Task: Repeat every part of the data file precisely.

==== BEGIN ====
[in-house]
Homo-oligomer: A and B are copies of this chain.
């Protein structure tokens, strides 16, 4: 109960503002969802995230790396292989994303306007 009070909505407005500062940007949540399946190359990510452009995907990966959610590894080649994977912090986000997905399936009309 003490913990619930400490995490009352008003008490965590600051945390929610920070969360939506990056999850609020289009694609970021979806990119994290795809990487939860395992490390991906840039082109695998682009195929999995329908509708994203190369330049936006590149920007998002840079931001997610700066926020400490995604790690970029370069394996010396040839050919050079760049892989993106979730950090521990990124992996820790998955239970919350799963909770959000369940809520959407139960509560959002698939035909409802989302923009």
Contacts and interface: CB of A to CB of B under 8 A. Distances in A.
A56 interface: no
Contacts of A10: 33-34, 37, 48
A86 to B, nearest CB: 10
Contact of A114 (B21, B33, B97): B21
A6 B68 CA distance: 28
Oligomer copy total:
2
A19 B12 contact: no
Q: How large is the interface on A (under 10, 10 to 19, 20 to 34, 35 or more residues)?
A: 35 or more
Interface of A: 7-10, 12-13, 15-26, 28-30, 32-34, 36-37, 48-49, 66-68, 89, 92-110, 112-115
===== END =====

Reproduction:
[in-house]
Homo-oligomer: A and B are copies of this chain.
């Protein structure tokens, strides 16, 4: 109960503002969802995230790396292989994303306007 009070909505407005500062940007949540399946190359990510452009995907990966959610590894080649994977912090986000997905399936009309 003490913990619930400490995490009352008003008490965590600051945390929610920070969360939506990056999850609020289009694609970021979806990119994290795809990487939860395992490390991906840039082109695998682009195929999995329908509708994203190369330049936006590149920007998002840079931001997610700066926020400490995604790690970029370069394996010396040839050919050079760049892989993106979730950090521990990124992996820790998955239970919350799963909770959000369940809520959407139960509560959002698939035909409802989302923009």
Contacts and interface: CB of A to CB of B under 8 A. Distances in A.
A56 interface: no
Contacts of A10: 33-34, 37, 48
A86 to B, nearest CB: 10
Contact of A114 (B21, B33, B97): B21
A6 B68 CA distance: 28
Oligomer copy total:
2
A19 B12 contact: no
Q: How large is the interface on A (under 10, 10 to 19, 20 to 34, 35 or more residues)?
A: 35 or more
Interface of A: 7-10, 12-13, 15-26, 28-30, 32-34, 36-37, 48-49, 66-68, 89, 92-110, 112-115